Oral histories are transferred onto flash drives, CD discs, and other devices as well as being transcribed and printed out in text. That's for when technology advances so that you can't play the oral histories until they're transferred to the next level of technology. For example, that would be like transferring what's on 78 rpm phonograph records from 1956 onto tape and then onto mobile MP3 players or video file players, DVD discs, and flash drives as well as other types of audio or video files.
You create a time capsule starting with the bare essentials which would be the printed out text or transcript of an oral history and any photographs. One place to start is with school yearbooks. The main branch of the Sacramento library has old high school year books from the 1930s and 1940s.
Also, the various cemetery associations sometimes keep school year books. For out of town high school yearbooks, I found the 1930 yearbook for Hagarstown high school. It's located in Hagarstown, which is a small town in Maryland. It had photographs of relatives who were born around 1911 and poems, what they enjoyed, the academic clubs they belonged to, and the work they did in various sports during the high school years.
Most of the women joined the drama club and the French language club. And many males were on the basketball team and joined the discussion club. On the photos the males wore suits and ties with white shirts, and the women wore business-type dresses with a string of pearls for the school photos.
Males had short-cropped hair, clean cut. Females had short hair neatly combed in the latest 1930 styles. Many women had a deep interest in learning various languages and in joining the history club. The point is how many and who landed in Sacramento eventually and why in or shortly after 1930. That was the year that the major economic depression hit the U.S.
Did you know the highlights of your life story experiences are wanted by many public libraries? Also, you can record the life stories of other people and submit them to various public libraries.
First you check out the oral history libraries in the US and find out whether they want your oral history recorded as MP3 files on audio or as various types of videos. Also check out Internet Archive: Digital Library of Free Books, Movies, Music to see whether you can upload your oral history, talk, interview, or life story recording in audio or video to their database. This archive also takes recorded music as well as text files.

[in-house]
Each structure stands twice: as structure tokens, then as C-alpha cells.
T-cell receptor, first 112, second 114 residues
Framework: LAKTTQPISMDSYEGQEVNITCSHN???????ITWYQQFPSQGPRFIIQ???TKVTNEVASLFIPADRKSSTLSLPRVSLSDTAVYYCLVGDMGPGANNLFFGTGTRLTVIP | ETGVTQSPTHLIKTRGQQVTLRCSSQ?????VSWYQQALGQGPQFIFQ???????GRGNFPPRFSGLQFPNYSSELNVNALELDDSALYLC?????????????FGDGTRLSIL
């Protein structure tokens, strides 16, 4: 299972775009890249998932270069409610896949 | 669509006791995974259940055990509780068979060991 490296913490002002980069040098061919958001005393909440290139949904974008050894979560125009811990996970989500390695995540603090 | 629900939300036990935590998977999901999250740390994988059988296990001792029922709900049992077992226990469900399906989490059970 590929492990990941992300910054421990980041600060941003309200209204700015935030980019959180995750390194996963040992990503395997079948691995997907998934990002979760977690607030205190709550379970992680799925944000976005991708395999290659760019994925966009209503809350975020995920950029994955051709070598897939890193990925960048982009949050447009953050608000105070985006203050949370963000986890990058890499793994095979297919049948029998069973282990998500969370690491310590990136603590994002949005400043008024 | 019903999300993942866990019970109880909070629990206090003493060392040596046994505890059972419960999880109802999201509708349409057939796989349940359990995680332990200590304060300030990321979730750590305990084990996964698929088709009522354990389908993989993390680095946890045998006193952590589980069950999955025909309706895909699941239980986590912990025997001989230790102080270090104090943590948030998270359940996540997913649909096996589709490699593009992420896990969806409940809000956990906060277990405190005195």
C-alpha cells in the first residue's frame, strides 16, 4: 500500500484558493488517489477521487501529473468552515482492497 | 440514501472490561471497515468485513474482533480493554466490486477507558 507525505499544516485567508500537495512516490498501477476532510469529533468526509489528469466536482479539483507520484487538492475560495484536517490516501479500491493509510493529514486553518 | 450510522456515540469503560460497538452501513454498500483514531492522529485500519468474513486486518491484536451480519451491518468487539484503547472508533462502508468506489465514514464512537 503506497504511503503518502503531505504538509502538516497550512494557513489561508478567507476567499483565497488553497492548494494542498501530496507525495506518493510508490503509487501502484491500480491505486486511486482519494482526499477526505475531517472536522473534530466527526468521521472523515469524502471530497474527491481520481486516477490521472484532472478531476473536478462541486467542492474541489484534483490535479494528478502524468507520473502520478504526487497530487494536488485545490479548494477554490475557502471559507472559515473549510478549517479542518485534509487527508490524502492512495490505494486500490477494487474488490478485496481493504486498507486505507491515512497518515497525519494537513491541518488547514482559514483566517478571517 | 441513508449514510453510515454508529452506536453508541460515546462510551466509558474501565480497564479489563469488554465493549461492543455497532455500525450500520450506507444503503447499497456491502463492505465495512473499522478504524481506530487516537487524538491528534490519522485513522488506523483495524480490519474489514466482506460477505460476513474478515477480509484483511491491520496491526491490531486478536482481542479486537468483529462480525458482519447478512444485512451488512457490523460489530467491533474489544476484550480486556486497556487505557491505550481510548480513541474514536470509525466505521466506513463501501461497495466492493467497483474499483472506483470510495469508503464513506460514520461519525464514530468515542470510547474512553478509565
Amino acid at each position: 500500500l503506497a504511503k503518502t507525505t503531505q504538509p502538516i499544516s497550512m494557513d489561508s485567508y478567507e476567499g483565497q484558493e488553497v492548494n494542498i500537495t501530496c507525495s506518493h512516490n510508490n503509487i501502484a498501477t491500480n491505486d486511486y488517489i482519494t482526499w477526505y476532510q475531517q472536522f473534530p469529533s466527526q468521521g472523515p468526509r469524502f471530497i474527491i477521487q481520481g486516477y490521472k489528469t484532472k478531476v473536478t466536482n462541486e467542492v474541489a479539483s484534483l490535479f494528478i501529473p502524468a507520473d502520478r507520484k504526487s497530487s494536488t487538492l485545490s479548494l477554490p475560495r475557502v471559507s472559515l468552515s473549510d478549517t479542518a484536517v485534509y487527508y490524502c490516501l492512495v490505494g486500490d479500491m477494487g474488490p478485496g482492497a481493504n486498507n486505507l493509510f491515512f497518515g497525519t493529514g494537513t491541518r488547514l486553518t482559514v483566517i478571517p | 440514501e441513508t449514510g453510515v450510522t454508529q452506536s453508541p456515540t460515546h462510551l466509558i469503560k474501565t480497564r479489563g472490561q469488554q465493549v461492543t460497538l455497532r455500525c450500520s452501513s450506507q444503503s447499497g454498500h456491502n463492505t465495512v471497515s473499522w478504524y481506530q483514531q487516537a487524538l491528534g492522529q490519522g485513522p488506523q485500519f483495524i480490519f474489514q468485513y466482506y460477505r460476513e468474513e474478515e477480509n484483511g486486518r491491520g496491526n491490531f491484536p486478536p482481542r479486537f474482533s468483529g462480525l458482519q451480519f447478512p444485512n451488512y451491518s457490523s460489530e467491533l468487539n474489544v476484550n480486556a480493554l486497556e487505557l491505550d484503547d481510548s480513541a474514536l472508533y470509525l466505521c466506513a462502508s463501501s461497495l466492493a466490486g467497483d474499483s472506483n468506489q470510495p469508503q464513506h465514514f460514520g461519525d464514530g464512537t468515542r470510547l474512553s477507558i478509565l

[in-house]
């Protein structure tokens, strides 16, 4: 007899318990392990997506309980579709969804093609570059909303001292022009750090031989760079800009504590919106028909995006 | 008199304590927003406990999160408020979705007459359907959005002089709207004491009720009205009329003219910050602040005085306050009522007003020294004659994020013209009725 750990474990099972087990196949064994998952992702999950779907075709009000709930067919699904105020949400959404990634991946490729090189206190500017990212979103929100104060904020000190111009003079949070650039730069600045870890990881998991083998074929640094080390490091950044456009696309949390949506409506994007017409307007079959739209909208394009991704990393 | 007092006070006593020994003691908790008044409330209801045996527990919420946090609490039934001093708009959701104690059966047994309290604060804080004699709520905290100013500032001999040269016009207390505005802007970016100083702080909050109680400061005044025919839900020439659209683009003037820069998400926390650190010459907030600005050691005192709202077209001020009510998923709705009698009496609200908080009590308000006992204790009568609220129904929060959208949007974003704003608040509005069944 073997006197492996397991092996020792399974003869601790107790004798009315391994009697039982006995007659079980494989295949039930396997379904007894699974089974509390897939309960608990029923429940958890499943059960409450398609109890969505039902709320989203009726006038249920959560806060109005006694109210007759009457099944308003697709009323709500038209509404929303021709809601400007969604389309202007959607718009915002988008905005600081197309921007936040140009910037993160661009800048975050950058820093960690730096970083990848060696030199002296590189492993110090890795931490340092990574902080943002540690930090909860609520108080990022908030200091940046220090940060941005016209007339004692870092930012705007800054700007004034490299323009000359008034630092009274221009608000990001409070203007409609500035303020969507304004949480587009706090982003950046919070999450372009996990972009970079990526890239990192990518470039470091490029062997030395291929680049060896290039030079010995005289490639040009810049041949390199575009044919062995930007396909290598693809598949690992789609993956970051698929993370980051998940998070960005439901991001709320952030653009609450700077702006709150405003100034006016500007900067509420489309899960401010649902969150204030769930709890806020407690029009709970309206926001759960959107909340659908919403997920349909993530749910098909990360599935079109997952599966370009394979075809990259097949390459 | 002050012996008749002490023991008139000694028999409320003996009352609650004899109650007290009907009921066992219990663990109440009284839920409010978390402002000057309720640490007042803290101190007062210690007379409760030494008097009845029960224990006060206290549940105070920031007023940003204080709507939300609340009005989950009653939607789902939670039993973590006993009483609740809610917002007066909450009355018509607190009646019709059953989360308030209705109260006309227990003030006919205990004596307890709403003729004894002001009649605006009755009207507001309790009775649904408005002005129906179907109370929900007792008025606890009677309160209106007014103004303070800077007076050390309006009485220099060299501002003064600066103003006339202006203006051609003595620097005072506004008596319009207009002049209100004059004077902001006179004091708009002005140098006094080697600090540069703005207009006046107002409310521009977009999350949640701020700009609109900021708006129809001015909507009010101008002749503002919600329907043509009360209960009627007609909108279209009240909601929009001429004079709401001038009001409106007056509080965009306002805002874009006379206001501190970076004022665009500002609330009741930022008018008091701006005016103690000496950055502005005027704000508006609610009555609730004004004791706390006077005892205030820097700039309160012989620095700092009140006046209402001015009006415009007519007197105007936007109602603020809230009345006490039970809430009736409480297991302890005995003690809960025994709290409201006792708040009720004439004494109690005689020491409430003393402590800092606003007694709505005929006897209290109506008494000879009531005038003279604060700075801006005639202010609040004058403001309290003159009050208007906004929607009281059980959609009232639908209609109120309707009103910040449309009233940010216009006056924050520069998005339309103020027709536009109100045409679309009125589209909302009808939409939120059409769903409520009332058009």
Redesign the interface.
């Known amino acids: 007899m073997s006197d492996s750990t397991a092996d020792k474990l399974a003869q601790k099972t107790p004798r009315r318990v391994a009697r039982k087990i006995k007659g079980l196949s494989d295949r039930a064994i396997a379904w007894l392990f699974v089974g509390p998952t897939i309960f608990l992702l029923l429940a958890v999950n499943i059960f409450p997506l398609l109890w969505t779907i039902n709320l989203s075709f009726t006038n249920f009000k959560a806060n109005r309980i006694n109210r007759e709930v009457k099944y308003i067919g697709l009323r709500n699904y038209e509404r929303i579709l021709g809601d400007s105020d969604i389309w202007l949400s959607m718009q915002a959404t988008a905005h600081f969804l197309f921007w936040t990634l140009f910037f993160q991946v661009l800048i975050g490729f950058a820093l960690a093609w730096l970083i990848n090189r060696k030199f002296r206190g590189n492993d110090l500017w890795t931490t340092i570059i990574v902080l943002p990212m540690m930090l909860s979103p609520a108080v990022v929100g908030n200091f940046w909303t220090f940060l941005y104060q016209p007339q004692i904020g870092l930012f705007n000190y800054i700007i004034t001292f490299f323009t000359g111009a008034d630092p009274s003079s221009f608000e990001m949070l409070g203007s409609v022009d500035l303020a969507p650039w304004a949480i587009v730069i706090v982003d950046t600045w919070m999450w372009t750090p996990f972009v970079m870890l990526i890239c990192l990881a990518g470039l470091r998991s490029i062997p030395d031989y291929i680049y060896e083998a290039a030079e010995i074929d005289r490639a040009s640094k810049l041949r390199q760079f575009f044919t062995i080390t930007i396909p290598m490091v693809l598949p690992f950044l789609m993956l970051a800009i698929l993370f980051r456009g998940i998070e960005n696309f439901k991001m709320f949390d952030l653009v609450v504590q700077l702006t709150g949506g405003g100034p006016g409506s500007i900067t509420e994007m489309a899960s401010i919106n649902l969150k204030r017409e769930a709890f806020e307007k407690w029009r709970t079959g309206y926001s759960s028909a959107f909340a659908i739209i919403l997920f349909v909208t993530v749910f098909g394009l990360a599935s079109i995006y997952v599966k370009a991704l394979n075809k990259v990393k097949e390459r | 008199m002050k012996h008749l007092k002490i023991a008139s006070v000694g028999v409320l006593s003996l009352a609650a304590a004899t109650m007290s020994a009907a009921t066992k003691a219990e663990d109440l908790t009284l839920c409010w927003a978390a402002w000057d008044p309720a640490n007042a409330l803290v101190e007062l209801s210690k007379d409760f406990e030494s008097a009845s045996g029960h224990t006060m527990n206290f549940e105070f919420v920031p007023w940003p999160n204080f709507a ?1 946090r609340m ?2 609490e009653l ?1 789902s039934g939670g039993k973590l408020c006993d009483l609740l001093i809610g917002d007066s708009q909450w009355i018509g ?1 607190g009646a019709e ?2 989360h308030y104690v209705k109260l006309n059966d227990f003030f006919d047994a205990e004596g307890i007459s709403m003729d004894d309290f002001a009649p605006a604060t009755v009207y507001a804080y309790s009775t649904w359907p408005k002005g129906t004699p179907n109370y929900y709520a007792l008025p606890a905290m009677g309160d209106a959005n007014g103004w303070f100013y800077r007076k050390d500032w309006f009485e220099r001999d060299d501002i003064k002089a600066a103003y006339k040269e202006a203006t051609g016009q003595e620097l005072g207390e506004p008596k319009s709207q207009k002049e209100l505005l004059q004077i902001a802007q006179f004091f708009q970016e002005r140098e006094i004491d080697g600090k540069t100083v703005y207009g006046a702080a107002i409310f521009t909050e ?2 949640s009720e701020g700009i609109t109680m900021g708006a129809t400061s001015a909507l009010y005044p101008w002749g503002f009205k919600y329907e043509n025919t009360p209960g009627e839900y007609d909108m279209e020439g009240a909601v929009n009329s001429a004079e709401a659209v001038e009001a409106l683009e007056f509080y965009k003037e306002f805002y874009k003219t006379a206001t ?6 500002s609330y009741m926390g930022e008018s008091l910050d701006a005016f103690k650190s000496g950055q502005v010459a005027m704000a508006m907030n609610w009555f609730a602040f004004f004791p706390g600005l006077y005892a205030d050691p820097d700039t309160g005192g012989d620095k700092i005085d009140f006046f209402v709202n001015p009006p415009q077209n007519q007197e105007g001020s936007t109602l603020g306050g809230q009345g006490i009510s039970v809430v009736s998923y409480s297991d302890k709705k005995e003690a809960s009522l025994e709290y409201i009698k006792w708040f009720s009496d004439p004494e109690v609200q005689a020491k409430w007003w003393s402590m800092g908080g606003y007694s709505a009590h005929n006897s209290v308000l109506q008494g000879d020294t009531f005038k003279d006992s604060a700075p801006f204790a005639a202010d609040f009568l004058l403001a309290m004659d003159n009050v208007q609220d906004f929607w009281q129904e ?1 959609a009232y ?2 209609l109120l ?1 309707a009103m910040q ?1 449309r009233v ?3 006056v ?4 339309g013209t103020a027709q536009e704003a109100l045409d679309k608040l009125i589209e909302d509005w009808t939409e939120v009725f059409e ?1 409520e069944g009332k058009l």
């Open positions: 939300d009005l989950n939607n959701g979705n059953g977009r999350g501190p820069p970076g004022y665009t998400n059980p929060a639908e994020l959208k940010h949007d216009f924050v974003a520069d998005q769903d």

Keep the oral histories to about a half hour on each recording so people can pause before listening to any recordings that last longer. Or limit the videos to 15 minutes each. You also can post them on Internet Archive or uTube. But if you're interested in oral interviews, you can find other people's oral histories in various libraries.
For example, in Sacramento, you can find oral histories in the CSUS library. First you go to the library home page, LibraryCSUS, and in the grey search box type: Oral History Interview. Click 'search' and you'll find hundreds of oral histories of various people.
Those with the status as not checked out can be checked out using your library card. The public can purchase a library card to most any university in the USA for a small fee. Those oral histories with status as for library use only can not be checked and but can be listened to in the library.
Also, if you go into a library, you can browse the shelves under the call numbers for oral histories. For example, in the CSUS library, the shelves on 2South have call numbers E 184 J3, which are oral histories of Japanese Americans. These can be checked out.
The call numbers F 866.4 are part of the State Oral History Program in California and can't be checked out. But for items that can be checked out of any library in the USA, look into interlibrary loans where something from most university libraries can be sent to your branch of most public libraries in the USA, if the item is listed as something that can be checked out. In other cities, check out your own town's resources, schools, and libraries to see where past decades high school yearbooks are kept.
Or create your own oral history project and offer your own life story highlights to public libraries either as audio recordings or videos or multimedia. Other libraries that have oral history projects include Oral Histories - University of California History Digital Archives, Suffragist Oral History Project (Regional) - The Bancroft Library at UC Berkeley, and AIDS Oral History Projects | UCSF Library. Sacramento has the Capital Campus Oral History Program - Sacramento State University.
Have you thought of developing your own oral history project on a topic of interest to many or of interest to your family and friends? What's great about oral history projects is that the audio or video recordings can be saved for generations and transferred from one form of technology to the next, with also a printed out transcript of what's on the recording for a time when advanced technology no longer can play the recorded life story made on the older form of the technology.
If high school year books become a project you want to transfer to DVDs or CDs, year books and similar records also make time capsule gifts to future generations and public historians. Also check the cemetery associations for any high school year books kept on file as some of these associations do have small libraries of high school year books. And see the site, Cemetery Records Online.